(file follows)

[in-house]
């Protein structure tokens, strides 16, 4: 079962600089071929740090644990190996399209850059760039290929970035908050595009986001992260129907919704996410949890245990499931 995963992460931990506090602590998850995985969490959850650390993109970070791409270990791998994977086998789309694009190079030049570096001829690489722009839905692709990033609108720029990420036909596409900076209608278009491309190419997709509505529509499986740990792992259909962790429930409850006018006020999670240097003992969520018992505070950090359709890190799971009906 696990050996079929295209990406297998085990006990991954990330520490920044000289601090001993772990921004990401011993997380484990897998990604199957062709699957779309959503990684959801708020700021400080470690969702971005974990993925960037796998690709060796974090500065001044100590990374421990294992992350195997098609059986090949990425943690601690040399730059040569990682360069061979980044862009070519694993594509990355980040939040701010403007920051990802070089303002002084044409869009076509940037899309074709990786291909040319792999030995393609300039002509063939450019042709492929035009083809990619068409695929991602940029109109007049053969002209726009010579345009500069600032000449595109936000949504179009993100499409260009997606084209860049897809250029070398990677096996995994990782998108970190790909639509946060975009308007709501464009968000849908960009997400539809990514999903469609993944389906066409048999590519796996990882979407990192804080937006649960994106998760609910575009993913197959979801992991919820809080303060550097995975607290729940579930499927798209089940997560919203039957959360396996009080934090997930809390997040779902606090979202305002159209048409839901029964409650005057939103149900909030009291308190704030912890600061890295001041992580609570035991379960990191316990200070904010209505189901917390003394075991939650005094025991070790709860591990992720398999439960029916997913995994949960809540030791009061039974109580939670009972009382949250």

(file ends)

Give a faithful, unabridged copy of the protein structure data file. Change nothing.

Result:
[in-house]
């Protein structure tokens, strides 16, 4: 079962600089071929740090644990190996399209850059760039290929970035908050595009986001992260129907919704996410949890245990499931 995963992460931990506090602590998850995985969490959850650390993109970070791409270990791998994977086998789309694009190079030049570096001829690489722009839905692709990033609108720029990420036909596409900076209608278009491309190419997709509505529509499986740990792992259909962790429930409850006018006020999670240097003992969520018992505070950090359709890190799971009906 696990050996079929295209990406297998085990006990991954990330520490920044000289601090001993772990921004990401011993997380484990897998990604199957062709699957779309959503990684959801708020700021400080470690969702971005974990993925960037796998690709060796974090500065001044100590990374421990294992992350195997098609059986090949990425943690601690040399730059040569990682360069061979980044862009070519694993594509990355980040939040701010403007920051990802070089303002002084044409869009076509940037899309074709990786291909040319792999030995393609300039002509063939450019042709492929035009083809990619068409695929991602940029109109007049053969002209726009010579345009500069600032000449595109936000949504179009993100499409260009997606084209860049897809250029070398990677096996995994990782998108970190790909639509946060975009308007709501464009968000849908960009997400539809990514999903469609993944389906066409048999590519796996990882979407990192804080937006649960994106998760609910575009993913197959979801992991919820809080303060550097995975607290729940579930499927798209089940997560919203039957959360396996009080934090997930809390997040779902606090979202305002159209048409839901029964409650005057939103149900909030009291308190704030912890600061890295001041992580609570035991379960990191316990200070904010209505189901917390003394075991939650005094025991070790709860591990992720398999439960029916997913995994949960809540030791009061039974109580939670009972009382949250």